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Old 07-21-2003, 11:01 AM   #29
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I think, but I don't know, that small generators that use inverter technology, like the Honda and Yamaha, to generate their AC are less prone to engine rpm induced frequency variation. That being because everything's being artifically, if you will, created.
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Old 07-21-2003, 03:41 PM   #30
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hmm.. that could be the case. I hadn't seen anything like that but it makes sense, bringing us back to the inverter output characteristics...

thanks.
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Old 07-23-2003, 10:12 AM   #31
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Huh?:m I think my brain just blew a fuse.:wak

I vote screen door.:chased

Dina (& Jim) Schulz
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Old 07-24-2003, 01:48 AM   #32
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Lions and Tigers and bears - oh my!

I think that for what you are trying to do, a 450 CCA sealed car battery would have enough juice to run the lights all night and a 12 volt fan,(available at Wal Mart for $12.00.) Check out the batteries at NTB or Sams Club and get a heavy duty battery for $75 and install it in the jeep. The jeep alternator is designed to keep the spare battery charged which should not be connected to the main battery when the ignition is off. (At least on the old CJ it wasn't.)
There is a hot wire on the 6 and 7 prong plugs for running accessories in the trailer.
Put a 15/20 Amp circuit breaker (4 at Ace)in a protected area near the battery.Hook your hot lead from the plug to the load side of the breaker. Make a battery tap out of some 10 guage braided wire and crimp on ends to put on the battery clamp back to the input side of the breaker... It sounds more complicated than it is.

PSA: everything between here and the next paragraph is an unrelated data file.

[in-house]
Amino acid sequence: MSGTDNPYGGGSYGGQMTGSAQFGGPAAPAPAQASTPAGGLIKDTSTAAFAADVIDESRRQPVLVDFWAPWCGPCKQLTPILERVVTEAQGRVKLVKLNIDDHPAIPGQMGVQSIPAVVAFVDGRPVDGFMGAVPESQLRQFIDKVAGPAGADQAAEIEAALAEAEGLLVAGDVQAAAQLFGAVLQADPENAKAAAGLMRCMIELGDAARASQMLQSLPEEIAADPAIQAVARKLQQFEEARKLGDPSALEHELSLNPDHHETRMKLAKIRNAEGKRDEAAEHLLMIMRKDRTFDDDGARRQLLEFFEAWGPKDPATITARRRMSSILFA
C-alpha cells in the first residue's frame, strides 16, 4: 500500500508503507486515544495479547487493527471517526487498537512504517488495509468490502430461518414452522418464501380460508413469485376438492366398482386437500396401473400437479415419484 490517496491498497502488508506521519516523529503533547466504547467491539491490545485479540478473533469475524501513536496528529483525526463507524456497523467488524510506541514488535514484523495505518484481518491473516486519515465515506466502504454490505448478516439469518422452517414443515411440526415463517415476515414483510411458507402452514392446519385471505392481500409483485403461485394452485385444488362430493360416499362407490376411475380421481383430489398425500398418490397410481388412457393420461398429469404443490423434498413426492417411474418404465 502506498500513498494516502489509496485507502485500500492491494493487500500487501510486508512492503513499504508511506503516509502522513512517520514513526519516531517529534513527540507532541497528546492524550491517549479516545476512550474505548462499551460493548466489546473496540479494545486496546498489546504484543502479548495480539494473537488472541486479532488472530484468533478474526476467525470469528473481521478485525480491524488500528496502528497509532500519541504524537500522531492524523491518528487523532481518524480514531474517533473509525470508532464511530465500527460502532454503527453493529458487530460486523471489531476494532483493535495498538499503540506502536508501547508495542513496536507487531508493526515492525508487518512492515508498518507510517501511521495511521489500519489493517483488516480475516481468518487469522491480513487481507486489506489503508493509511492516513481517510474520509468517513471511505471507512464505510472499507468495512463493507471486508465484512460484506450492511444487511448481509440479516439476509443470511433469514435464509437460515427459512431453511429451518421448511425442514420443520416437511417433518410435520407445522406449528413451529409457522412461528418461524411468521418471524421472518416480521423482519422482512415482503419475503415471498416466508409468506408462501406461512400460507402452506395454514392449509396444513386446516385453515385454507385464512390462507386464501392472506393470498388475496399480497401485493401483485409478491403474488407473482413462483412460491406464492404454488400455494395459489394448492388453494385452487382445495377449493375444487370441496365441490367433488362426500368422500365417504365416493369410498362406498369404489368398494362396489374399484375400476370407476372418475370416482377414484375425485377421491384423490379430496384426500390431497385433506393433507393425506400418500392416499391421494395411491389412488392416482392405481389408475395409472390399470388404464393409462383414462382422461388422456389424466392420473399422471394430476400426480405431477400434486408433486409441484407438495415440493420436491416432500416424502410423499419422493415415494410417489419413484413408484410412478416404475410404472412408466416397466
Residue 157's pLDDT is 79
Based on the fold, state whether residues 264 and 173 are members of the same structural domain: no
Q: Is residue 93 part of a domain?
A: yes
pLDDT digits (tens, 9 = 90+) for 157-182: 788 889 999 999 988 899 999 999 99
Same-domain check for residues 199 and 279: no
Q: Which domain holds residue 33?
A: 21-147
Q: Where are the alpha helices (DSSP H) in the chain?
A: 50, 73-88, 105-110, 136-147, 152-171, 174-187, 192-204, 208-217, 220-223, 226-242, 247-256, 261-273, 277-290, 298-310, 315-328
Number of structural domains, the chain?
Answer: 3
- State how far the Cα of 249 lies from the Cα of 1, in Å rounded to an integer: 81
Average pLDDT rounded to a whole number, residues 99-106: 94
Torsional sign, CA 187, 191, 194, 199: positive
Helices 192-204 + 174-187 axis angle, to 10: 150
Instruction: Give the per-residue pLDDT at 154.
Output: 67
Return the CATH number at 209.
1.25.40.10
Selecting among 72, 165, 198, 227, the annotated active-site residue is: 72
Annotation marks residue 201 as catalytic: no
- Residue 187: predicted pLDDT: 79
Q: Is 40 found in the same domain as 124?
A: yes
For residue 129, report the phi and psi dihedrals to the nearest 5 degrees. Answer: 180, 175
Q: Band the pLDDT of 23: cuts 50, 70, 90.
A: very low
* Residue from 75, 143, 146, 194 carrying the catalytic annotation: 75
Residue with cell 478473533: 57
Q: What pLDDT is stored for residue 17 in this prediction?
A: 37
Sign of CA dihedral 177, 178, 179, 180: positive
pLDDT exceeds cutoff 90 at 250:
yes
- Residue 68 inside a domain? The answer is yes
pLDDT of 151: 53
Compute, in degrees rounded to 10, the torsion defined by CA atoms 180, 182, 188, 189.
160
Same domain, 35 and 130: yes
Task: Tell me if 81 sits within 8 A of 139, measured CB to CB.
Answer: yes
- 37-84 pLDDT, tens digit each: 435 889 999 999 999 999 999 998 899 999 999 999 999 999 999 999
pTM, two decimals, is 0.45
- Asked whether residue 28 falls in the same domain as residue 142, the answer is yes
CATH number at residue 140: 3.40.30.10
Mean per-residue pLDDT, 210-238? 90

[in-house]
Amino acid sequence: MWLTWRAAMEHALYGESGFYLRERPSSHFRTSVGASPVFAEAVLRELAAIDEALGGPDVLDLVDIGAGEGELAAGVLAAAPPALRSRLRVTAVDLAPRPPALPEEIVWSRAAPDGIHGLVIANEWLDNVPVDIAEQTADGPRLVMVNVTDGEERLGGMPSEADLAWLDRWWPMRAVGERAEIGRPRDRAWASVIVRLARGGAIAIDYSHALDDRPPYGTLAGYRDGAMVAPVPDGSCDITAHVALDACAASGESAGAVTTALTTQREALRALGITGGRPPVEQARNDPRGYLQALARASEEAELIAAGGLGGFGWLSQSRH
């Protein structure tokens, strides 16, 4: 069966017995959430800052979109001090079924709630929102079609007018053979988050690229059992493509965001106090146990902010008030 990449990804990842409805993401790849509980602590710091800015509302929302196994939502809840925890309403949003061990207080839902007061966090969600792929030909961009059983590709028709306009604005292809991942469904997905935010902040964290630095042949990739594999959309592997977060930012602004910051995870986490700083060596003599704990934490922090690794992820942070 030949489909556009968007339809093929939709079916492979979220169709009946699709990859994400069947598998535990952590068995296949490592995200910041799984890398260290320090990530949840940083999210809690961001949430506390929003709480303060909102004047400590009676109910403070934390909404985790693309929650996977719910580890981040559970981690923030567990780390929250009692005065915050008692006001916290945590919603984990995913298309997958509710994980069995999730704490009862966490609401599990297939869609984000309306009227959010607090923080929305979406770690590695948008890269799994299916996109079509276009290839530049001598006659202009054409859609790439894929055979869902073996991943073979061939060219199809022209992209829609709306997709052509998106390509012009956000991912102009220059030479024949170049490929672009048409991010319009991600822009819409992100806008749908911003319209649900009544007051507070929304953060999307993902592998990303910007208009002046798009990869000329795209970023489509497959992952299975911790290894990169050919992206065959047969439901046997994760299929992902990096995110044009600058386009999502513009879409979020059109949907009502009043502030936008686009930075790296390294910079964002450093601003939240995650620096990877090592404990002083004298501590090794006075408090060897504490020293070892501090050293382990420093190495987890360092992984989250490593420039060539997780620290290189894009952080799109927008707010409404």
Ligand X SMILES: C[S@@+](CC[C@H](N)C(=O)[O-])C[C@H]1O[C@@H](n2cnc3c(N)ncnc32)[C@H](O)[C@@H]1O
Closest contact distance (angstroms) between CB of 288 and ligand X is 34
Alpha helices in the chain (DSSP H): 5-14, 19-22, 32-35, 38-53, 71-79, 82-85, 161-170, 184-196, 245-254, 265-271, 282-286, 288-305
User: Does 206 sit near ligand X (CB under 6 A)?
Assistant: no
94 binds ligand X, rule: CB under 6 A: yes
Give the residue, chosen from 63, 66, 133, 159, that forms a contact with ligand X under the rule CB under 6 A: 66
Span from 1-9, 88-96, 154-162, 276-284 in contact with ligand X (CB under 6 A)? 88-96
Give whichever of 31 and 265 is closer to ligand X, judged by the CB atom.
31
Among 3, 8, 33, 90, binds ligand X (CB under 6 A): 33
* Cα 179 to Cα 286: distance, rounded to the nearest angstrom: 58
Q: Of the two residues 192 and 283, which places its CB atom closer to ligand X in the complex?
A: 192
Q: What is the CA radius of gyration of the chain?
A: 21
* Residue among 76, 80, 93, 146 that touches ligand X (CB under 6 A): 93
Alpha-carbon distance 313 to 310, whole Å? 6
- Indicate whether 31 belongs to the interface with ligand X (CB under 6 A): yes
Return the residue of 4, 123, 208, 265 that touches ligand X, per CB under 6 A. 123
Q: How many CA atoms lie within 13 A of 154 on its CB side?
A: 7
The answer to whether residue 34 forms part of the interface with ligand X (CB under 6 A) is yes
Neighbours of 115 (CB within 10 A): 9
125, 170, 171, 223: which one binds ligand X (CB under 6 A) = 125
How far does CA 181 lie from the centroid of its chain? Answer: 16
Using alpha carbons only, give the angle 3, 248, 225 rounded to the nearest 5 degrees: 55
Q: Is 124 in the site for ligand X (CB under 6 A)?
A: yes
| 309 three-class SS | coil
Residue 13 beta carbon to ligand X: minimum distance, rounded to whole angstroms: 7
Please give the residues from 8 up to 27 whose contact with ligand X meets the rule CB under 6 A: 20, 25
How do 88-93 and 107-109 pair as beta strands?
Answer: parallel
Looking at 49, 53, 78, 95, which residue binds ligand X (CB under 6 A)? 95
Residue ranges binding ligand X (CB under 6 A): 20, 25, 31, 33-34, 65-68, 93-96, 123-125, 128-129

I just finished 17 days out to Oregon and back and the truck kept the Casita battery charged. We hooked up the fan to a bullet plug in the trailer at night when it was hot in Nebraska and slept well. It ran all night without depleting the battery.
I'm too cheap to buy a generator but the laptop has a plug adapter for the truck and trailer. Sam penny pincher. :o
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Old 07-24-2003, 04:17 PM   #33
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Quote:
Orginally posted by Mark M.

We didnít put much of a dent in the capacity. It still measured 13.5 volts before I put it on the charger when we got home. It took a full charge in just a few hours. I will know more when I take it on a longer trip, but so far so good.

Mark!

Please tell me that it is just an error and that it should be 12.5 volts instead of 13.5 volts. Otherwise, I give up trying to learn about battery!!:weep

I have never heard of a (non even full) battery at 13.5 volts. :shg

But I could easily be wrong!

Alain
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Old 07-24-2003, 04:38 PM   #34
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no, that's about right. I was trying to find a short on my truck last night and while poking around with my meter, discovered my battery was at 13.8 and thought to myself "well, at least it's not draining the battery with the ignition off."

An alternator charges at around 15V and it's not uncommon to see a perfectly healthy battery up around 14V fully charged...
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Old 07-24-2003, 08:41 PM   #35
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I have a defective WalMart deep cycle battery that will only charge to 12.4 VDC, but Wally's meter prints out "OK", so they think that's fine. My truck starting battery, also from Wally, charges to almost 14VDC.